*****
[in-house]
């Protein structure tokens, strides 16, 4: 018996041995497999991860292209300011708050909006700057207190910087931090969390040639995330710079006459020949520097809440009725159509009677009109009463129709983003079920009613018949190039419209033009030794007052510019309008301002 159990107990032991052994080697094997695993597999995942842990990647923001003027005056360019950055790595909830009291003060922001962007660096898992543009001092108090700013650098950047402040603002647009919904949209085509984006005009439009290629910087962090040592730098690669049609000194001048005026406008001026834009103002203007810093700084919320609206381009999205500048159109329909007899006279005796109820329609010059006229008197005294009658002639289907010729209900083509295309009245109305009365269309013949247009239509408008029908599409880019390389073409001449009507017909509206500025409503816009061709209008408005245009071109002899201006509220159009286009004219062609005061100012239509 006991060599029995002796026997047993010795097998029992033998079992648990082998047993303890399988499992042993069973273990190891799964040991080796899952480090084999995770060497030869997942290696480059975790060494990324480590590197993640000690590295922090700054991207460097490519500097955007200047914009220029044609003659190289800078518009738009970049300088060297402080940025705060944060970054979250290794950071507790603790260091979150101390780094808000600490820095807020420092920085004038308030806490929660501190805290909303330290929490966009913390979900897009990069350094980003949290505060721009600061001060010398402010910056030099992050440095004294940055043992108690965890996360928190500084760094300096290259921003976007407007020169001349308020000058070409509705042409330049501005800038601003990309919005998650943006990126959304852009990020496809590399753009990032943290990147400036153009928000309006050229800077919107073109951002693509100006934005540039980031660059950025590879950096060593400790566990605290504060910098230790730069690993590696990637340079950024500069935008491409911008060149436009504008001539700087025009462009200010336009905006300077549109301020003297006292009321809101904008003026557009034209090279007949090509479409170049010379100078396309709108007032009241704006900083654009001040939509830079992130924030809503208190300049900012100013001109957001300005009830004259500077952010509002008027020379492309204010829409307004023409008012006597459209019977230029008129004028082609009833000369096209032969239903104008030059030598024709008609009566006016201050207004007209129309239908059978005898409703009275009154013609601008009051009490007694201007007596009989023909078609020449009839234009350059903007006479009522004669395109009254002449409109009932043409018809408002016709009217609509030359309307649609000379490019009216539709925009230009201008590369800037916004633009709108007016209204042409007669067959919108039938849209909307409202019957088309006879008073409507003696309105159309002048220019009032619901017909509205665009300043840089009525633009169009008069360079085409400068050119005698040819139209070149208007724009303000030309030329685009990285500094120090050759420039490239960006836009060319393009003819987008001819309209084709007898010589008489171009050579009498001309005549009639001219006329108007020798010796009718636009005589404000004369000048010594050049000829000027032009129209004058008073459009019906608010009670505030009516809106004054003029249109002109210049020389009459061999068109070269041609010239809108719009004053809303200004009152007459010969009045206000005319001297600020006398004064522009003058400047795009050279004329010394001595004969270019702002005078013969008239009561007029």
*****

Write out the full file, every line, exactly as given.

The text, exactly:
[in-house]
């Protein structure tokens, strides 16, 4: 018996041995497999991860292209300011708050909006700057207190910087931090969390040639995330710079006459020949520097809440009725159509009677009109009463129709983003079920009613018949190039419209033009030794007052510019309008301002 159990107990032991052994080697094997695993597999995942842990990647923001003027005056360019950055790595909830009291003060922001962007660096898992543009001092108090700013650098950047402040603002647009919904949209085509984006005009439009290629910087962090040592730098690669049609000194001048005026406008001026834009103002203007810093700084919320609206381009999205500048159109329909007899006279005796109820329609010059006229008197005294009658002639289907010729209900083509295309009245109305009365269309013949247009239509408008029908599409880019390389073409001449009507017909509206500025409503816009061709209008408005245009071109002899201006509220159009286009004219062609005061100012239509 006991060599029995002796026997047993010795097998029992033998079992648990082998047993303890399988499992042993069973273990190891799964040991080796899952480090084999995770060497030869997942290696480059975790060494990324480590590197993640000690590295922090700054991207460097490519500097955007200047914009220029044609003659190289800078518009738009970049300088060297402080940025705060944060970054979250290794950071507790603790260091979150101390780094808000600490820095807020420092920085004038308030806490929660501190805290909303330290929490966009913390979900897009990069350094980003949290505060721009600061001060010398402010910056030099992050440095004294940055043992108690965890996360928190500084760094300096290259921003976007407007020169001349308020000058070409509705042409330049501005800038601003990309919005998650943006990126959304852009990020496809590399753009990032943290990147400036153009928000309006050229800077919107073109951002693509100006934005540039980031660059950025590879950096060593400790566990605290504060910098230790730069690993590696990637340079950024500069935008491409911008060149436009504008001539700087025009462009200010336009905006300077549109301020003297006292009321809101904008003026557009034209090279007949090509479409170049010379100078396309709108007032009241704006900083654009001040939509830079992130924030809503208190300049900012100013001109957001300005009830004259500077952010509002008027020379492309204010829409307004023409008012006597459209019977230029008129004028082609009833000369096209032969239903104008030059030598024709008609009566006016201050207004007209129309239908059978005898409703009275009154013609601008009051009490007694201007007596009989023909078609020449009839234009350059903007006479009522004669395109009254002449409109009932043409018809408002016709009217609509030359309307649609000379490019009216539709925009230009201008590369800037916004633009709108007016209204042409007669067959919108039938849209909307409202019957088309006879008073409507003696309105159309002048220019009032619901017909509205665009300043840089009525633009169009008069360079085409400068050119005698040819139209070149208007724009303000030309030329685009990285500094120090050759420039490239960006836009060319393009003819987008001819309209084709007898010589008489171009050579009498001309005549009639001219006329108007020798010796009718636009005589404000004369000048010594050049000829000027032009129209004058008073459009019906608010009670505030009516809106004054003029249109002109210049020389009459061999068109070269041609010239809108719009004053809303200004009152007459010969009045206000005319001297600020006398004064522009003058400047795009050279004329010394001595004969270019702002005078013969008239009561007029």